Many of us boomers and older adults fear that we'll retire with too little saved, and that over time, we'll outlive our savings and die with empty pockets.
Well, a study has now confirmed our worst fears: 46 percent of people die with either no financial assets, or less than $10,000.
Many of these households didn't own a home (or gave up ownership later in life) and relied almost entirely on Social Security benefits for income, according to the recent analysis of households with people in their last years of life.
The study confirms, among other things, just how important Social Security is to older adults' well-being. Without it, many people would be plunged into poverty.
Retirement research typically focuses on whether people approaching retirement age have accumulated enough assets to be able to live comfortably in their later years. But the economics professors who conducted this analysis say they wanted to measure retirement preparation in part by studying the holdings of adults' last years.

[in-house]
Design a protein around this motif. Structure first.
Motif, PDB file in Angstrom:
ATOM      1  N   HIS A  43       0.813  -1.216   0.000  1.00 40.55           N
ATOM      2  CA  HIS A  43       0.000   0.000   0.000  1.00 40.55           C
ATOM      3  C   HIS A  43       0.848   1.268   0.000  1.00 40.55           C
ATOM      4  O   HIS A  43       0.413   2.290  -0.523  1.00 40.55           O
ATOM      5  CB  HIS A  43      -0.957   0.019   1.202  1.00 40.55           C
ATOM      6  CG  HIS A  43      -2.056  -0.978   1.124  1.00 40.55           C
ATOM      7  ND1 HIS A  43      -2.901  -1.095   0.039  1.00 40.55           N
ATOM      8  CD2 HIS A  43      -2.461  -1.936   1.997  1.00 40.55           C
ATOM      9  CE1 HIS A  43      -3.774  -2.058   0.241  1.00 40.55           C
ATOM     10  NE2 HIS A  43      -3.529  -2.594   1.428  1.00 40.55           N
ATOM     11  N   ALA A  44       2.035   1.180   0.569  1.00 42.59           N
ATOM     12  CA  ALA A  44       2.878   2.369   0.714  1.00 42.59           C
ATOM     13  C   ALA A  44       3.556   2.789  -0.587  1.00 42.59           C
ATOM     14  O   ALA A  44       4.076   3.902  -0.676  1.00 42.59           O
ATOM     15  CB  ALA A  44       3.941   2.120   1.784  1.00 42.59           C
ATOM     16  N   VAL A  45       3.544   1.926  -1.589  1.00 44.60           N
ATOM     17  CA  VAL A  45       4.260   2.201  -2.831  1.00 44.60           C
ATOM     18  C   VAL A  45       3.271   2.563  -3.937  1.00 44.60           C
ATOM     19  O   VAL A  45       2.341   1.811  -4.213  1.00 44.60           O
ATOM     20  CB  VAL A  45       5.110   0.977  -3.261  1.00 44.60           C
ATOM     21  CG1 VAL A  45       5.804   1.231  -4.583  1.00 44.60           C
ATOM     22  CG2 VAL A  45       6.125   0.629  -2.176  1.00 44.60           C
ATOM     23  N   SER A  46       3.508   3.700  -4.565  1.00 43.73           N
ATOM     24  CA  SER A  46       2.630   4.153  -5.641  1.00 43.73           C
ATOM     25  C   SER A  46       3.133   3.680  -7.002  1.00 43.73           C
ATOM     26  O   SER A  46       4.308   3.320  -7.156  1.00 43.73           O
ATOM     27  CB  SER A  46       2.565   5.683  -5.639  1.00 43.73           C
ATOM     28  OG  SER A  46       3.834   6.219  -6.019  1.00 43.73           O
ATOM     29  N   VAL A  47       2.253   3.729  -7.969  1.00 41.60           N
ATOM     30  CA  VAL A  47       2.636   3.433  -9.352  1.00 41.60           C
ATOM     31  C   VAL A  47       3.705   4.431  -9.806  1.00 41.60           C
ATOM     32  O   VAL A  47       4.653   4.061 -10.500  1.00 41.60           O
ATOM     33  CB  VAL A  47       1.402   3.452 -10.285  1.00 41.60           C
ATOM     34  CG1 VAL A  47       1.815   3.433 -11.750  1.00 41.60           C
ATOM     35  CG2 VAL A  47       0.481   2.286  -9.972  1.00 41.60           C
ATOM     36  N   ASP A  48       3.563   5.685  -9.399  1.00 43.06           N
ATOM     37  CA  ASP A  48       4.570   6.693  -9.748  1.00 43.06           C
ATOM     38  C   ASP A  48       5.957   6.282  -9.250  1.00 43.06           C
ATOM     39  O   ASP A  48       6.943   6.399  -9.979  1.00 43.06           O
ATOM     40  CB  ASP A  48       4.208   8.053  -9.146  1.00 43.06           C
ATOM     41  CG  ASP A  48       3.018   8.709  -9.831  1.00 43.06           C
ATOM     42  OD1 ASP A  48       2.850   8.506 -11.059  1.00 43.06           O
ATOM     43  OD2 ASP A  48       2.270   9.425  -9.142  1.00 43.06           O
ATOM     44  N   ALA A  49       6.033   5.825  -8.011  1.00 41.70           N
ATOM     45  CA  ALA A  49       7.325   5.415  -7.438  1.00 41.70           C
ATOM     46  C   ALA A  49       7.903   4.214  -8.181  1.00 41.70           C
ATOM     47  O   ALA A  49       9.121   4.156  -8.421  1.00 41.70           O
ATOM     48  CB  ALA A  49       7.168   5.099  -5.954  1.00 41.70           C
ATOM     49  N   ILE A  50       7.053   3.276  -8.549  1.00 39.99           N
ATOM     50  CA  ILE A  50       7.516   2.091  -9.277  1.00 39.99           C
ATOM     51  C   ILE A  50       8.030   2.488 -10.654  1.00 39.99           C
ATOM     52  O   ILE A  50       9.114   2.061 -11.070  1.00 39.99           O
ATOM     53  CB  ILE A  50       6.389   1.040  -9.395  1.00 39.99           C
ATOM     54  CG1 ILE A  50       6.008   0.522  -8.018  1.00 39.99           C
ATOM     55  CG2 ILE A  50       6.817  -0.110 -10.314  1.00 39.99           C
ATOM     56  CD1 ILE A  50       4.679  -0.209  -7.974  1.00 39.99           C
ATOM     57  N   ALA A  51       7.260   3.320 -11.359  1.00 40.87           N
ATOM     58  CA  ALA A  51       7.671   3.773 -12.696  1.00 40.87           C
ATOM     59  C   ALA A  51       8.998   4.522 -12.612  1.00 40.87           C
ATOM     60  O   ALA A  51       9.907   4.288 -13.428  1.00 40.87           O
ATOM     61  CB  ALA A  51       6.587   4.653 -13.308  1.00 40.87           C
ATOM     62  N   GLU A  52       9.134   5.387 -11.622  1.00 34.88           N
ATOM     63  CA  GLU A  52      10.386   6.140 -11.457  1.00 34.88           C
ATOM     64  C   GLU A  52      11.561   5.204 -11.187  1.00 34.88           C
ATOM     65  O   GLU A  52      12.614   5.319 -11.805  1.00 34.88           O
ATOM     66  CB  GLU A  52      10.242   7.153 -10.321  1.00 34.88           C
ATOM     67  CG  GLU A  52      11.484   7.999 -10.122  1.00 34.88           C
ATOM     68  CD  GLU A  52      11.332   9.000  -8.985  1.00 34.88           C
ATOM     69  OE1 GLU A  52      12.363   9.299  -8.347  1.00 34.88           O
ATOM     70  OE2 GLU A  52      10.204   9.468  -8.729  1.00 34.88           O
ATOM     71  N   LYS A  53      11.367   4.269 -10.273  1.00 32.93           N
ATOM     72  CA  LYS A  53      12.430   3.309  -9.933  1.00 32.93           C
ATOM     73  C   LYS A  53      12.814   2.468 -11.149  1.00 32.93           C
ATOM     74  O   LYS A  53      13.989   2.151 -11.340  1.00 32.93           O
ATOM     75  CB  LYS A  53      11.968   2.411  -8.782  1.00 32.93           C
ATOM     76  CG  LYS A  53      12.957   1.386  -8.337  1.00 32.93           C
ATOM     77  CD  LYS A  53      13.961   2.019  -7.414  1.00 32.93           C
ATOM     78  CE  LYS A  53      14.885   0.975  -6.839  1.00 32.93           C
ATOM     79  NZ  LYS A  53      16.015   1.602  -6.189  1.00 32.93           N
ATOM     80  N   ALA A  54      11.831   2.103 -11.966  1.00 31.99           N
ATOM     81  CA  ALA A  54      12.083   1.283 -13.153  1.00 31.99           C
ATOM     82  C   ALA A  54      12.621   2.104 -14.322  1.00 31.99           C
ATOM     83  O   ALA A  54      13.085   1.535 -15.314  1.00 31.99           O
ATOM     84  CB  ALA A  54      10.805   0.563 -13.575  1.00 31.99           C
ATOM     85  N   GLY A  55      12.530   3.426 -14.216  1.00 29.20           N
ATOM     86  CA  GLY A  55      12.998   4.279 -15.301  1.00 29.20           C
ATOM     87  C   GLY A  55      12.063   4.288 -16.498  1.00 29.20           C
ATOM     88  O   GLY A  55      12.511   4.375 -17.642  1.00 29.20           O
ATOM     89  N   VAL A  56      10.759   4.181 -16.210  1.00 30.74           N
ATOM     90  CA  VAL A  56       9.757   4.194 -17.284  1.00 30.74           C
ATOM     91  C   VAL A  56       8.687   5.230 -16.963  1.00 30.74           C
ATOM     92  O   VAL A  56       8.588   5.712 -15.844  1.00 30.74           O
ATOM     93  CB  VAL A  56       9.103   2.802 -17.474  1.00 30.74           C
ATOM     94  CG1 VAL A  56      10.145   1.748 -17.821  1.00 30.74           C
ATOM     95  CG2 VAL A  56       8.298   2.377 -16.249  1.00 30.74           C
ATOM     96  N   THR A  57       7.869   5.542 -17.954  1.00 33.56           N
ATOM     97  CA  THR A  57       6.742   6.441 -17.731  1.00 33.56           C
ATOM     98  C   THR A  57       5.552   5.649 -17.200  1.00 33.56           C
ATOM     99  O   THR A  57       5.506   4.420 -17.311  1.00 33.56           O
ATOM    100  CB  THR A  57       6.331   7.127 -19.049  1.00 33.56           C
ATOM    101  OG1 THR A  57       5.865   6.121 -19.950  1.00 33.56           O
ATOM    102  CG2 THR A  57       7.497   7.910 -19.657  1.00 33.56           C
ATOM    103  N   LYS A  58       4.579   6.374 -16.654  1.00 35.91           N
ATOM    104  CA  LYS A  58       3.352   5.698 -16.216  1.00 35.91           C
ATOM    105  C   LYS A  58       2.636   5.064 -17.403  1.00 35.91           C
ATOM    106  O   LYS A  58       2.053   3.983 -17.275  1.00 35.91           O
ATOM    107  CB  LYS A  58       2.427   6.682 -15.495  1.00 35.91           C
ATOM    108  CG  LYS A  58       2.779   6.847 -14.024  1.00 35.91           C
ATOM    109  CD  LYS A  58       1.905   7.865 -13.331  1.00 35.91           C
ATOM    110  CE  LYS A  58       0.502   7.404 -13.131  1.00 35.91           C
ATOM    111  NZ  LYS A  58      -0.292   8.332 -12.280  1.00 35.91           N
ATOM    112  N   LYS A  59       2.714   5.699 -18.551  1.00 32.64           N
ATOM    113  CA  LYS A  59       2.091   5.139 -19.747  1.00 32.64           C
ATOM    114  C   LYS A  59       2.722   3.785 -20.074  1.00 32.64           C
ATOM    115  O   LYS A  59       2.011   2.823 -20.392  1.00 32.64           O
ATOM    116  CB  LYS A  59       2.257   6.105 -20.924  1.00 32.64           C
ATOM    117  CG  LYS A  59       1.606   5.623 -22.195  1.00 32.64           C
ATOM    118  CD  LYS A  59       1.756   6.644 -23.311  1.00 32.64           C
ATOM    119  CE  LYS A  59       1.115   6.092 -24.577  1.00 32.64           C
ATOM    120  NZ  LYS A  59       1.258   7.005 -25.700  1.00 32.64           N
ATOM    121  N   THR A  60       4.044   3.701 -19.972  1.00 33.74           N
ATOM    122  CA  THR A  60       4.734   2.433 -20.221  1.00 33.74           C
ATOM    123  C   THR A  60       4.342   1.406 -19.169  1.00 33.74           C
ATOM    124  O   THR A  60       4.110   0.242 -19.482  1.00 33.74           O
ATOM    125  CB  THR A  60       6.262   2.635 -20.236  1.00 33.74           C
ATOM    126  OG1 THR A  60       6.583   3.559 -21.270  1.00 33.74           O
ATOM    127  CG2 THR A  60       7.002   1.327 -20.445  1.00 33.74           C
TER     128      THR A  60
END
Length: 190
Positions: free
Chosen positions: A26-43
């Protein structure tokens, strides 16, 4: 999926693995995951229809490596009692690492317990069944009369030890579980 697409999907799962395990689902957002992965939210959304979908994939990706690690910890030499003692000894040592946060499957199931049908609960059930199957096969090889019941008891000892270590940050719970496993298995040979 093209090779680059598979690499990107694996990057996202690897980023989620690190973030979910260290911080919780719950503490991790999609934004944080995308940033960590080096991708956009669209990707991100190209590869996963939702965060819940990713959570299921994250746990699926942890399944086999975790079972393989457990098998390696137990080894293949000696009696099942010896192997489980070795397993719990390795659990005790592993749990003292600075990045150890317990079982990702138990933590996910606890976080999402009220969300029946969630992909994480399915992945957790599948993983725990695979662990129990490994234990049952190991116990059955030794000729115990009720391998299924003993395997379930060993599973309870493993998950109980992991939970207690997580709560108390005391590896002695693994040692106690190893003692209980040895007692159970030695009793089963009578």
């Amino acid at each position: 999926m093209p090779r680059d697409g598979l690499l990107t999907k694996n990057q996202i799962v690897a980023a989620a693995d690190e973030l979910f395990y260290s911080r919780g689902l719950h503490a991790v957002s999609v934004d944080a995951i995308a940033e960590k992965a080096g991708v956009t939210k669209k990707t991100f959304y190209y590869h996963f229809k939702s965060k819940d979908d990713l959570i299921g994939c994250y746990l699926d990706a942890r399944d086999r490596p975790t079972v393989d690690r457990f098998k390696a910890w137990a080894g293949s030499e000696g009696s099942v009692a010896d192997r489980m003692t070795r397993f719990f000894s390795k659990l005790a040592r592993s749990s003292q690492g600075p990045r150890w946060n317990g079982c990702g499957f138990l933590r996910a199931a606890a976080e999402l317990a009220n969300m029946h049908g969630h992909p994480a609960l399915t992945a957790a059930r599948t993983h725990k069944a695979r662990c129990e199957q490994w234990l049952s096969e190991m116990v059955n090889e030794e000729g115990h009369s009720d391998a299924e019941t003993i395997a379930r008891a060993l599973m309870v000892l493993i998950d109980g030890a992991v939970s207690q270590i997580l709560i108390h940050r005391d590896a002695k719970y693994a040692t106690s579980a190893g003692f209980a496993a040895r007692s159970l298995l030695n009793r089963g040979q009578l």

In examining asset levels, the authors said that many of these households may have been deemed to be well-prepared for their retirement years because their income in their final years was adequate and not substantially lower than their income in their late 50s or early 60s.
Yet with such low assets at the end of their lives, they would have been unable to pay for fun activities or travel, let alone sudden and unexpected expenses like a health crisis, according to the study, which was first published by the Washington Post.
Not surprisingly, the study found that people who lived longer had higher wealth levels, perhaps because those who were poorer couldn't afford proper medical care.
Many people aren't saving enough for retirement, yet there's more pressure on older adults than ever because they're living longer and face rapidly rising medical expenses including long-term care. And some economists say that our retirement system -- saving, say, 6 percent a year in a 401(k) with employers' matching funds -- won't enable workers to accumulate enough without saving and investing in other ways.
Alicia Munnell of the Center for Retirement Research at Boston College encourages adults to work until age 70 if possible. Working those additional years, and taking Social Security benefits at age 70 rather than 62 (which will provide 75 percent more income), will help adults be better prepared for retirement.
To help you plan for your retirement, or to see whether your savings is on track, check out AARP's retirement calculator.